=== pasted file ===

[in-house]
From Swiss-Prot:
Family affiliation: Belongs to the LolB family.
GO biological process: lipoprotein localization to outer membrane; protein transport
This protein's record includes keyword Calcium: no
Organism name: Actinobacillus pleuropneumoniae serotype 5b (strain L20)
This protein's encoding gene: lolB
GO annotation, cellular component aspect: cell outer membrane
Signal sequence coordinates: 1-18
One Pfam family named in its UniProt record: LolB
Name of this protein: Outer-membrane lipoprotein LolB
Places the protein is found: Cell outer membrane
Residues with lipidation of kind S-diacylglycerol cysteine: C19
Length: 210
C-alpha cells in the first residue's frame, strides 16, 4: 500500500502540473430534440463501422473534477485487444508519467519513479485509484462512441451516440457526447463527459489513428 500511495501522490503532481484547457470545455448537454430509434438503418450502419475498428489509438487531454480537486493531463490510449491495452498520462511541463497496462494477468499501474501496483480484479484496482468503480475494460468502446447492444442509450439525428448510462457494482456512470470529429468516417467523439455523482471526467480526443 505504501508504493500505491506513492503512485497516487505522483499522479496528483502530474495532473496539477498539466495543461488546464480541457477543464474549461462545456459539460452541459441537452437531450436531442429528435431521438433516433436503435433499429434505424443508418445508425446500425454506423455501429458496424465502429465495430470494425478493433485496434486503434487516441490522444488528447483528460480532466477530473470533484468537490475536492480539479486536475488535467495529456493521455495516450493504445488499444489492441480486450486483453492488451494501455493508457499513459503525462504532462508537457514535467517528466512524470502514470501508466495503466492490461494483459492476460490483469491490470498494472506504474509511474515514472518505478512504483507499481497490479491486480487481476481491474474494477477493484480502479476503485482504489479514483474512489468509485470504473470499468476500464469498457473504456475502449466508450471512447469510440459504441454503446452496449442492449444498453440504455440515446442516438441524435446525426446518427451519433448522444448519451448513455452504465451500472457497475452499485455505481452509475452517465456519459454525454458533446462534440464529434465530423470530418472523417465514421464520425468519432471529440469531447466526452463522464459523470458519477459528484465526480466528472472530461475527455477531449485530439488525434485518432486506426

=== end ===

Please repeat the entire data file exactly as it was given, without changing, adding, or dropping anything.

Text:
[in-house]
From Swiss-Prot:
Family affiliation: Belongs to the LolB family.
GO biological process: lipoprotein localization to outer membrane; protein transport
This protein's record includes keyword Calcium: no
Organism name: Actinobacillus pleuropneumoniae serotype 5b (strain L20)
This protein's encoding gene: lolB
GO annotation, cellular component aspect: cell outer membrane
Signal sequence coordinates: 1-18
One Pfam family named in its UniProt record: LolB
Name of this protein: Outer-membrane lipoprotein LolB
Places the protein is found: Cell outer membrane
Residues with lipidation of kind S-diacylglycerol cysteine: C19
Length: 210
C-alpha cells in the first residue's frame, strides 16, 4: 500500500502540473430534440463501422473534477485487444508519467519513479485509484462512441451516440457526447463527459489513428 500511495501522490503532481484547457470545455448537454430509434438503418450502419475498428489509438487531454480537486493531463490510449491495452498520462511541463497496462494477468499501474501496483480484479484496482468503480475494460468502446447492444442509450439525428448510462457494482456512470470529429468516417467523439455523482471526467480526443 505504501508504493500505491506513492503512485497516487505522483499522479496528483502530474495532473496539477498539466495543461488546464480541457477543464474549461462545456459539460452541459441537452437531450436531442429528435431521438433516433436503435433499429434505424443508418445508425446500425454506423455501429458496424465502429465495430470494425478493433485496434486503434487516441490522444488528447483528460480532466477530473470533484468537490475536492480539479486536475488535467495529456493521455495516450493504445488499444489492441480486450486483453492488451494501455493508457499513459503525462504532462508537457514535467517528466512524470502514470501508466495503466492490461494483459492476460490483469491490470498494472506504474509511474515514472518505478512504483507499481497490479491486480487481476481491474474494477477493484480502479476503485482504489479514483474512489468509485470504473470499468476500464469498457473504456475502449466508450471512447469510440459504441454503446452496449442492449444498453440504455440515446442516438441524435446525426446518427451519433448522444448519451448513455452504465451500472457497475452499485455505481452509475452517465456519459454525454458533446462534440464529434465530423470530418472523417465514421464520425468519432471529440469531447466526452463522464459523470458519477459528484465526480466528472472530461475527455477531449485530439488525434485518432486506426